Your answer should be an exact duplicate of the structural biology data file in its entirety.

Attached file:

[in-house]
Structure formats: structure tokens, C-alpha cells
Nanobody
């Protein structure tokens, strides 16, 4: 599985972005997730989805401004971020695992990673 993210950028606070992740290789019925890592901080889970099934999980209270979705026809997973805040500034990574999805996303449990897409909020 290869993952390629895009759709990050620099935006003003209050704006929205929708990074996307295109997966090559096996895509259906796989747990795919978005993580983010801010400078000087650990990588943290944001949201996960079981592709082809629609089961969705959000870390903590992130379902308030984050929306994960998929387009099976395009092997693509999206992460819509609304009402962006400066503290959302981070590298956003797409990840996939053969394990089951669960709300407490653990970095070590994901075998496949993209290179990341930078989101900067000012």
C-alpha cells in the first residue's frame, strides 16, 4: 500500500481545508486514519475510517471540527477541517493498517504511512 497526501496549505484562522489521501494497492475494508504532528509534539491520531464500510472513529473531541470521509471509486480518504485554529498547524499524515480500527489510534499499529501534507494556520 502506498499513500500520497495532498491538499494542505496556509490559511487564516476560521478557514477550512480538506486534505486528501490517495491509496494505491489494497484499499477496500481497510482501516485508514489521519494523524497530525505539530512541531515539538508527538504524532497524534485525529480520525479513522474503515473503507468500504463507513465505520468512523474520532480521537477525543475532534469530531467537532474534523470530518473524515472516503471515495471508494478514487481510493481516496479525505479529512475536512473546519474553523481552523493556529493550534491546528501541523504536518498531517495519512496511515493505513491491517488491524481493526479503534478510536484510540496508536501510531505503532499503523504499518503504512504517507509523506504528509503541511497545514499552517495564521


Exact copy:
[in-house]
Structure formats: structure tokens, C-alpha cells
Nanobody
């Protein structure tokens, strides 16, 4: 599985972005997730989805401004971020695992990673 993210950028606070992740290789019925890592901080889970099934999980209270979705026809997973805040500034990574999805996303449990897409909020 290869993952390629895009759709990050620099935006003003209050704006929205929708990074996307295109997966090559096996895509259906796989747990795919978005993580983010801010400078000087650990990588943290944001949201996960079981592709082809629609089961969705959000870390903590992130379902308030984050929306994960998929387009099976395009092997693509999206992460819509609304009402962006400066503290959302981070590298956003797409990840996939053969394990089951669960709300407490653990970095070590994901075998496949993209290179990341930078989101900067000012």
C-alpha cells in the first residue's frame, strides 16, 4: 500500500481545508486514519475510517471540527477541517493498517504511512 497526501496549505484562522489521501494497492475494508504532528509534539491520531464500510472513529473531541470521509471509486480518504485554529498547524499524515480500527489510534499499529501534507494556520 502506498499513500500520497495532498491538499494542505496556509490559511487564516476560521478557514477550512480538506486534505486528501490517495491509496494505491489494497484499499477496500481497510482501516485508514489521519494523524497530525505539530512541531515539538508527538504524532497524534485525529480520525479513522474503515473503507468500504463507513465505520468512523474520532480521537477525543475532534469530531467537532474534523470530518473524515472516503471515495471508494478514487481510493481516496479525505479529512475536512473546519474553523481552523493556529493550534491546528501541523504536518498531517495519512496511515493505513491491517488491524481493526479503534478510536484510540496508536501510531505503532499503523504499518503504512504517507509523506504528509503541511497545514499552517495564521